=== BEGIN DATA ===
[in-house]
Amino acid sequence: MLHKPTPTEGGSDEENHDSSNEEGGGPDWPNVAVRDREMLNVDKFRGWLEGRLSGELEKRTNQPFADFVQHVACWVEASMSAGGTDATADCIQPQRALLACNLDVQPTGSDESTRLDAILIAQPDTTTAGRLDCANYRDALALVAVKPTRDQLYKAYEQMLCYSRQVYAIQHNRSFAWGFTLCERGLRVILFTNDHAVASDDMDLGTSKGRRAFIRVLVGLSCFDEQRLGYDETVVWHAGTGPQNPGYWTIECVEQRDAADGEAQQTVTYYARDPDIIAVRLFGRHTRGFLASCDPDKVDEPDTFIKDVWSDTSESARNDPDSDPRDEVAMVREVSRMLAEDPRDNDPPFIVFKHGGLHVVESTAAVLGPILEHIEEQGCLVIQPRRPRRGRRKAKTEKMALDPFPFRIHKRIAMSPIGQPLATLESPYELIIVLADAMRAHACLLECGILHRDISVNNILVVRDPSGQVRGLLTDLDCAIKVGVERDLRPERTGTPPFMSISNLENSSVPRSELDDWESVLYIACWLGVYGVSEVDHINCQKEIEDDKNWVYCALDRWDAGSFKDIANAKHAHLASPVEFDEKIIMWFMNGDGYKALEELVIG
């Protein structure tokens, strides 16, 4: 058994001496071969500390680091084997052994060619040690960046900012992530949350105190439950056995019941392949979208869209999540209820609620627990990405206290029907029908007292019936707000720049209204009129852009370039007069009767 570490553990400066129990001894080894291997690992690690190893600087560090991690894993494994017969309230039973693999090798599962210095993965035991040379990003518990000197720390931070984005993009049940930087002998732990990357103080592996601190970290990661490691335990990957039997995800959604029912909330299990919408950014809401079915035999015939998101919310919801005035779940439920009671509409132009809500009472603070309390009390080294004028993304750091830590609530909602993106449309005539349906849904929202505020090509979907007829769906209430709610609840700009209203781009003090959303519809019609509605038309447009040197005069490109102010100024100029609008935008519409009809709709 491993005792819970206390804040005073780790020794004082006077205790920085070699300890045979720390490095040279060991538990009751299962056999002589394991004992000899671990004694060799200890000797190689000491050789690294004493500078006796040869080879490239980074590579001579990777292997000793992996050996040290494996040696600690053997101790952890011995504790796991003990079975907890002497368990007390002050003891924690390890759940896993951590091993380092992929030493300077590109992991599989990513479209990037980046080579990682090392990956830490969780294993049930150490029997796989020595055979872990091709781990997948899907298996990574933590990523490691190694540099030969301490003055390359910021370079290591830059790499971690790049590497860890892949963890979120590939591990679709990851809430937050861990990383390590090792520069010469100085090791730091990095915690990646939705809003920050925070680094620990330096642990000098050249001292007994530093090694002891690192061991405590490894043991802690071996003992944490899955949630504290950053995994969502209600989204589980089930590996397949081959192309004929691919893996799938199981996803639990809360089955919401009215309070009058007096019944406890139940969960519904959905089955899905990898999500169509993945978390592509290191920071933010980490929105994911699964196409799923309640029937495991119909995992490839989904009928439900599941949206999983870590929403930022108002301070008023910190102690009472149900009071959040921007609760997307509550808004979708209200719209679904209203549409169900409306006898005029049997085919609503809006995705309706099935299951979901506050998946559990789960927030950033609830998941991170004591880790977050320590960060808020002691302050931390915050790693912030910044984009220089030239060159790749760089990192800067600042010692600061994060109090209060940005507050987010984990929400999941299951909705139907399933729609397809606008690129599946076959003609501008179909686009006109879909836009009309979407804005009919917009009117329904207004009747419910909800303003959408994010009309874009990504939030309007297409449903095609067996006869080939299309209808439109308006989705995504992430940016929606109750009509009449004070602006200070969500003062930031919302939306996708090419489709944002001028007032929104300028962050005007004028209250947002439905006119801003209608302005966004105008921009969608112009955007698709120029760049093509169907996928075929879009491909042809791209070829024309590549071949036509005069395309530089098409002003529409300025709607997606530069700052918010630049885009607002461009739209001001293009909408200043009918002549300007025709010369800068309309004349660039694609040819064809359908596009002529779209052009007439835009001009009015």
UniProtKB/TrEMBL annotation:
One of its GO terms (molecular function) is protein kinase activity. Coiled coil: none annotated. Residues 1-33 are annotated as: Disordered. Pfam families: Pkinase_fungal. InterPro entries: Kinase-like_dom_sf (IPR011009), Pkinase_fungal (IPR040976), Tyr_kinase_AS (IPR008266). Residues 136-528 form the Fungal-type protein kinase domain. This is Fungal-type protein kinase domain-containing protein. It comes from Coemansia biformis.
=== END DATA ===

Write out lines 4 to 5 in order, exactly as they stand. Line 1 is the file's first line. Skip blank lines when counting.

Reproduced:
UniProtKB/TrEMBL annotation:
One of its GO terms (molecular function) is protein kinase activity. Coiled coil: none annotated. Residues 1-33 are annotated as: Disordered. Pfam families: Pkinase_fungal. InterPro entries: Kinase-like_dom_sf (IPR011009), Pkinase_fungal (IPR040976), Tyr_kinase_AS (IPR008266). Residues 136-528 form the Fungal-type protein kinase domain. This is Fungal-type protein kinase domain-containing protein. It comes from Coemansia biformis.